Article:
(Cover picture courtesy of Goodreads.)
In the aftermath of a colossal battle, the future of the Seven Kingdoms hangs in the balance — beset by newly emerging threats from every direction. In the east, Daenerys Targaryen, the last scion of House Targaryen, rules with her three dragons as queen of a city built on dust and death. But Daenerys has thousands of enemies, and many have set out to find her. As they gather, one young man embarks upon his own quest for the queen, with an entirely different goal in mind.
Fleeing from Westeros with a price on his head, Tyrion Lannister, too, is making his way to Daenerys. But his newest allies in this quest are not the rag-tag band they seem, and at their heart lies one who could undo Daenerys’s claim to Westeros forever.
Meanwhile, to the north lies the mammoth Wall of ice and stone — a structure only as strong as those guarding it. There, Jon Snow, 998th Lord Commander of the Night’s Watch, will face his greatest challenge. For he has powerful foes not only within the Watch but also beyond, in the land of the creatures of ice.
From all corners, bitter conflicts reignite, intimate betrayals are perpetrated, and a grand cast of outlaws and priests, soldiers and skinchangers, nobles and slaves, will face seemingly insurmountable obstacles. Some will fail, others will grow in the strength of darkness. But in a time of rising restlessness, the tides of destiny and politics will lead inevitably to the greatest dance of all.
After loving the first four books, I’ll admit that I really wanted to love A Dance with Dragons. I really, really tried. But it was such slow-going. It took me over a month to finish this book which should be a warning sign right there.
The problem, I think, at this point in the series is a little something called character bloat. There are too many characters. There are so many different houses and players entering into the war for Westeros that it’s simply become ridiculous. I can hardly keep track of them all and I’m not bragging when I say I have a good memory when it comes to books. Some points of view could have been cut from the book entirely. Did Quentyn Martell really have to have his say? Arya’s story barely went anywhere.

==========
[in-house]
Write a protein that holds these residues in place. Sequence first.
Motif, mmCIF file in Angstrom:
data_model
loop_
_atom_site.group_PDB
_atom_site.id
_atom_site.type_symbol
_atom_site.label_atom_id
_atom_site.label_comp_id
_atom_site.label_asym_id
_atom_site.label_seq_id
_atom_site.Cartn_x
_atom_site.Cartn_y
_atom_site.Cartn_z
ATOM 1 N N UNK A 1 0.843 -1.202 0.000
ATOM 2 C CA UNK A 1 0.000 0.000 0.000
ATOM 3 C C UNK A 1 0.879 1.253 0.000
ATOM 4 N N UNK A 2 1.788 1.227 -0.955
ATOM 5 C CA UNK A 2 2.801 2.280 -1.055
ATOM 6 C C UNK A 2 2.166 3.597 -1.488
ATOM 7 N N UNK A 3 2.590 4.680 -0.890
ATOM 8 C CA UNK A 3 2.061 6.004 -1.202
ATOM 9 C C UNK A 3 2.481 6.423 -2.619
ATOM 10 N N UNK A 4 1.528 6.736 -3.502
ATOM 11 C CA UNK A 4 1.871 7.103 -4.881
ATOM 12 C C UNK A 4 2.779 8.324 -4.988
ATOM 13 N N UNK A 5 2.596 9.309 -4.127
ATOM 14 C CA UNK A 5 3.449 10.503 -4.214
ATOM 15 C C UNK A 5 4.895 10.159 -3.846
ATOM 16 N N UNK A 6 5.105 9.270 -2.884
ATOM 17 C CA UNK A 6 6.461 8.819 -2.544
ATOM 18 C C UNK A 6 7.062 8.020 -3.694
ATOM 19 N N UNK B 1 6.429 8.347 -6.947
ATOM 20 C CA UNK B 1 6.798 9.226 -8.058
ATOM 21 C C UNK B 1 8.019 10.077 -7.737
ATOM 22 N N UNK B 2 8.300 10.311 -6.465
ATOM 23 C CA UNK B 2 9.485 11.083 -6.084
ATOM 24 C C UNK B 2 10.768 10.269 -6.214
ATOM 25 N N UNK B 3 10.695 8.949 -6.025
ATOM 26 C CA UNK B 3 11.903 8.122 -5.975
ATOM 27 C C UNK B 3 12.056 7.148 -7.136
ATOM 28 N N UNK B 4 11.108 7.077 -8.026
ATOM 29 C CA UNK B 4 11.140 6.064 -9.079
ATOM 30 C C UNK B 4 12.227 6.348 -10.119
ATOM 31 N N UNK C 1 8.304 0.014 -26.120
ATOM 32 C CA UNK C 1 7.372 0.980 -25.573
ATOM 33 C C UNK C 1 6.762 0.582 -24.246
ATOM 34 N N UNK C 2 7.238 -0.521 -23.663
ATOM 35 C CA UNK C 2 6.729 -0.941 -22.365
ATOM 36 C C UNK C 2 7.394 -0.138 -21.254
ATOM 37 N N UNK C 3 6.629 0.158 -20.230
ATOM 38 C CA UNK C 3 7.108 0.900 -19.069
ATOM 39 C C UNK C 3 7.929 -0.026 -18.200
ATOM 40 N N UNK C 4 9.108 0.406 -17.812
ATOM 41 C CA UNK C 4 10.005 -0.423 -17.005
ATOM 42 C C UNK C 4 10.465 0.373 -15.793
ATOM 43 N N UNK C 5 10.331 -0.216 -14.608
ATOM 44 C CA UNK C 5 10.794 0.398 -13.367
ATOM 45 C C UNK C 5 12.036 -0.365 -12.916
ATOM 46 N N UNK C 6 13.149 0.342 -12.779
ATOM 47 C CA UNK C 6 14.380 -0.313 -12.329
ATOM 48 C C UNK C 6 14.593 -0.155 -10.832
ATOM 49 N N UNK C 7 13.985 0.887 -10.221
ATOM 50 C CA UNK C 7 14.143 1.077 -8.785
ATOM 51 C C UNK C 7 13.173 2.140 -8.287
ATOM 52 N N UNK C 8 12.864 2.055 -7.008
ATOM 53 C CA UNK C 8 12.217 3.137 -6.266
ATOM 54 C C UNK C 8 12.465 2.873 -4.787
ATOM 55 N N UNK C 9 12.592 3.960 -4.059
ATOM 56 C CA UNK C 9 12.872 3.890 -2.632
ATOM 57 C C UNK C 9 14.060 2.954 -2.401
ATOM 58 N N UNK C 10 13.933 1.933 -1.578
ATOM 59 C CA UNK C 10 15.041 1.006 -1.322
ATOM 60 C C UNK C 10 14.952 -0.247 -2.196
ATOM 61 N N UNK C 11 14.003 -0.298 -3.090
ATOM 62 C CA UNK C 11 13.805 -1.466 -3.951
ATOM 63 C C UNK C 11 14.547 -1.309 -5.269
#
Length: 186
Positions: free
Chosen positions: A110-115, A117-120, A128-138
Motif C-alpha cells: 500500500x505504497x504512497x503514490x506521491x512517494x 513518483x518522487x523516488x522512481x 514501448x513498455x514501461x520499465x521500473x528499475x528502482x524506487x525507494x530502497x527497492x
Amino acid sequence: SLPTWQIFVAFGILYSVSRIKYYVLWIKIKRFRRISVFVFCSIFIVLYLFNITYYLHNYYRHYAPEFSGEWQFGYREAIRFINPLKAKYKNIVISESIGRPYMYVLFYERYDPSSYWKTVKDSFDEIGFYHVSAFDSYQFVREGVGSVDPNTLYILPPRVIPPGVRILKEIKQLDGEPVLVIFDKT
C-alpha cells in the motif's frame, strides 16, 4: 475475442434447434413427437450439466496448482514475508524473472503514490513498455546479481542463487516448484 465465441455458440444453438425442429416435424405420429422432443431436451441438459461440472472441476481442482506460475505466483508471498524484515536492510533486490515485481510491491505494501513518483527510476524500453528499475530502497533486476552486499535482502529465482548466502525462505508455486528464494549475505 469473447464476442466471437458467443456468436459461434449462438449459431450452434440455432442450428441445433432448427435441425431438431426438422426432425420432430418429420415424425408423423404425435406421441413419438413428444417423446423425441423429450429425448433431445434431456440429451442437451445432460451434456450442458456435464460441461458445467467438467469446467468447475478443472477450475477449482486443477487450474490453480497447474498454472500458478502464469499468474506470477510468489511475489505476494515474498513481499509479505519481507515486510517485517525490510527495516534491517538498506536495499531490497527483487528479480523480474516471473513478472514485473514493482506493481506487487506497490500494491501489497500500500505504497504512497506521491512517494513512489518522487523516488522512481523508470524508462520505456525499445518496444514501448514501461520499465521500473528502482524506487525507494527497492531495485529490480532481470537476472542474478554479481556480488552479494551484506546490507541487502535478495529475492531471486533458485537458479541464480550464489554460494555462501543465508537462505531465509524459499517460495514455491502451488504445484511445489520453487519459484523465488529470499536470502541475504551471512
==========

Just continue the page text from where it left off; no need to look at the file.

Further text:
If it was just a slow plot I could handle it but it feels like the characters are going in totally different directions. Daenerys is an indecisive, idealistic moron compared to the strong, sure young woman she was in previous books. Jon Snow keeps swinging between rigidly sticking to his oath as a man of the Night’s Watch and totally violating it by siding with a king. Tyrion…well I don’t know what to think of him anymore. It’s okay that characters change and explore themselves. That’s what makes a story good! But it’s not okay that they randomly go in a whole different direction with pretty much zero explanation.
Despite all this, when I actually sat down to read A Dance with Dragons I didn’t mind it all that much. Some parts were pretty darn good. Although George R. R. Martin lost some of the things that made his series great in the beginning (his ability to kill off main characters ruthlessly, for one) he still has that amazing world-building. We learn so much about Westeros and the rest of Martin’s world that it almost makes up for everything else. The history of all Seven Kingdoms and the impact on people and other places was fascinating. I loved learning more about the world’s history! It added more depth to Martin’s world.
Yes, I will read The Winds of Winter when it finally does get published. Will I be looking forward to it as much as I did this book? Probably not. I’m just hoping that the next book will be better and that we’ll go back to that magical spark George R. R. Martin had in A Game of Thrones.
I give this book 3/5 stars.